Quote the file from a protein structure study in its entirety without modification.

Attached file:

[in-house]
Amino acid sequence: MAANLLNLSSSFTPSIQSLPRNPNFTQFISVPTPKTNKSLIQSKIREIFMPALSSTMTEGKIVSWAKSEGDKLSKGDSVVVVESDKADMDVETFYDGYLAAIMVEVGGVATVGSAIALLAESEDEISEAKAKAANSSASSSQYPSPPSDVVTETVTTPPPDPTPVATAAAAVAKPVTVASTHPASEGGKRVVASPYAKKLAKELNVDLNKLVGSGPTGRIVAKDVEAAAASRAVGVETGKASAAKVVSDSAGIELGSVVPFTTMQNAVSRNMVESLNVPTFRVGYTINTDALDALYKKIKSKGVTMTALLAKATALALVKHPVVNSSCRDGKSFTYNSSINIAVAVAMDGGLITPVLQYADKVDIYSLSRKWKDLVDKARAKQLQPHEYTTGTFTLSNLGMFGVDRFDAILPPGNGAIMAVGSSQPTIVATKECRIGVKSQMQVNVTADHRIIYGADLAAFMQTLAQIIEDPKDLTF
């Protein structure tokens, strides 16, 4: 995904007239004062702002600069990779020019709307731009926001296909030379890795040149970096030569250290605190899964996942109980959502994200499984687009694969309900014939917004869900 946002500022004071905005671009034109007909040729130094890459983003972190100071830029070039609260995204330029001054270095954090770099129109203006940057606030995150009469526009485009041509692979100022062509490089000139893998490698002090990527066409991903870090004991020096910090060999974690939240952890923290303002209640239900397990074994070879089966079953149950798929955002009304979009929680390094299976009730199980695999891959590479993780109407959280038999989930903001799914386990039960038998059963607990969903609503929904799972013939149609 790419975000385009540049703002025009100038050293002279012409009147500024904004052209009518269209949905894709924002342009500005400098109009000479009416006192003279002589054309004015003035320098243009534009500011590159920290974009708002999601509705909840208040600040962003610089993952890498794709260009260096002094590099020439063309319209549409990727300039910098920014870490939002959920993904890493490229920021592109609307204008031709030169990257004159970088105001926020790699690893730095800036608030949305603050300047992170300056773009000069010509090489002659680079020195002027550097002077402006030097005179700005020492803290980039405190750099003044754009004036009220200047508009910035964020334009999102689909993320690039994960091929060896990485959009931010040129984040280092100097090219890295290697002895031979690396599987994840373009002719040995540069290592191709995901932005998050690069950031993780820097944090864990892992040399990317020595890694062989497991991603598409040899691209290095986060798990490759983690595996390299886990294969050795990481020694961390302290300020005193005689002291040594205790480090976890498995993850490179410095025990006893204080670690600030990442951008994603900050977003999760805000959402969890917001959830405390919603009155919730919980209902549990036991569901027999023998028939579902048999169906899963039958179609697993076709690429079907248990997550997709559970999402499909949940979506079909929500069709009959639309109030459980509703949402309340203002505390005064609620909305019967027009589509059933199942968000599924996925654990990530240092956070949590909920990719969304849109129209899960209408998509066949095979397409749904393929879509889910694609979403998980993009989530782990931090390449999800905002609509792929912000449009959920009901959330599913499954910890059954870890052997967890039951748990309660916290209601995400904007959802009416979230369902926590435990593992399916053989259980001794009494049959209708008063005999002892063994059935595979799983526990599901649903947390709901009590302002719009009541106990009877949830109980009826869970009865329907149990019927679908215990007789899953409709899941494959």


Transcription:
[in-house]
Amino acid sequence: MAANLLNLSSSFTPSIQSLPRNPNFTQFISVPTPKTNKSLIQSKIREIFMPALSSTMTEGKIVSWAKSEGDKLSKGDSVVVVESDKADMDVETFYDGYLAAIMVEVGGVATVGSAIALLAESEDEISEAKAKAANSSASSSQYPSPPSDVVTETVTTPPPDPTPVATAAAAVAKPVTVASTHPASEGGKRVVASPYAKKLAKELNVDLNKLVGSGPTGRIVAKDVEAAAASRAVGVETGKASAAKVVSDSAGIELGSVVPFTTMQNAVSRNMVESLNVPTFRVGYTINTDALDALYKKIKSKGVTMTALLAKATALALVKHPVVNSSCRDGKSFTYNSSINIAVAVAMDGGLITPVLQYADKVDIYSLSRKWKDLVDKARAKQLQPHEYTTGTFTLSNLGMFGVDRFDAILPPGNGAIMAVGSSQPTIVATKECRIGVKSQMQVNVTADHRIIYGADLAAFMQTLAQIIEDPKDLTF
């Protein structure tokens, strides 16, 4: 995904007239004062702002600069990779020019709307731009926001296909030379890795040149970096030569250290605190899964996942109980959502994200499984687009694969309900014939917004869900 946002500022004071905005671009034109007909040729130094890459983003972190100071830029070039609260995204330029001054270095954090770099129109203006940057606030995150009469526009485009041509692979100022062509490089000139893998490698002090990527066409991903870090004991020096910090060999974690939240952890923290303002209640239900397990074994070879089966079953149950798929955002009304979009929680390094299976009730199980695999891959590479993780109407959280038999989930903001799914386990039960038998059963607990969903609503929904799972013939149609 790419975000385009540049703002025009100038050293002279012409009147500024904004052209009518269209949905894709924002342009500005400098109009000479009416006192003279002589054309004015003035320098243009534009500011590159920290974009708002999601509705909840208040600040962003610089993952890498794709260009260096002094590099020439063309319209549409990727300039910098920014870490939002959920993904890493490229920021592109609307204008031709030169990257004159970088105001926020790699690893730095800036608030949305603050300047992170300056773009000069010509090489002659680079020195002027550097002077402006030097005179700005020492803290980039405190750099003044754009004036009220200047508009910035964020334009999102689909993320690039994960091929060896990485959009931010040129984040280092100097090219890295290697002895031979690396599987994840373009002719040995540069290592191709995901932005998050690069950031993780820097944090864990892992040399990317020595890694062989497991991603598409040899691209290095986060798990490759983690595996390299886990294969050795990481020694961390302290300020005193005689002291040594205790480090976890498995993850490179410095025990006893204080670690600030990442951008994603900050977003999760805000959402969890917001959830405390919603009155919730919980209902549990036991569901027999023998028939579902048999169906899963039958179609697993076709690429079907248990997550997709559970999402499909949940979506079909929500069709009959639309109030459980509703949402309340203002505390005064609620909305019967027009589509059933199942968000599924996925654990990530240092956070949590909920990719969304849109129209899960209408998509066949095979397409749904393929879509889910694609979403998980993009989530782990931090390449999800905002609509792929912000449009959920009901959330599913499954910890059954870890052997967890039951748990309660916290209601995400904007959802009416979230369902926590435990593992399916053989259980001794009494049959209708008063005999002892063994059935595979799983526990599901649903947390709901009590302002719009009541106990009877949830109980009826869970009865329907149990019927679908215990007789899953409709899941494959």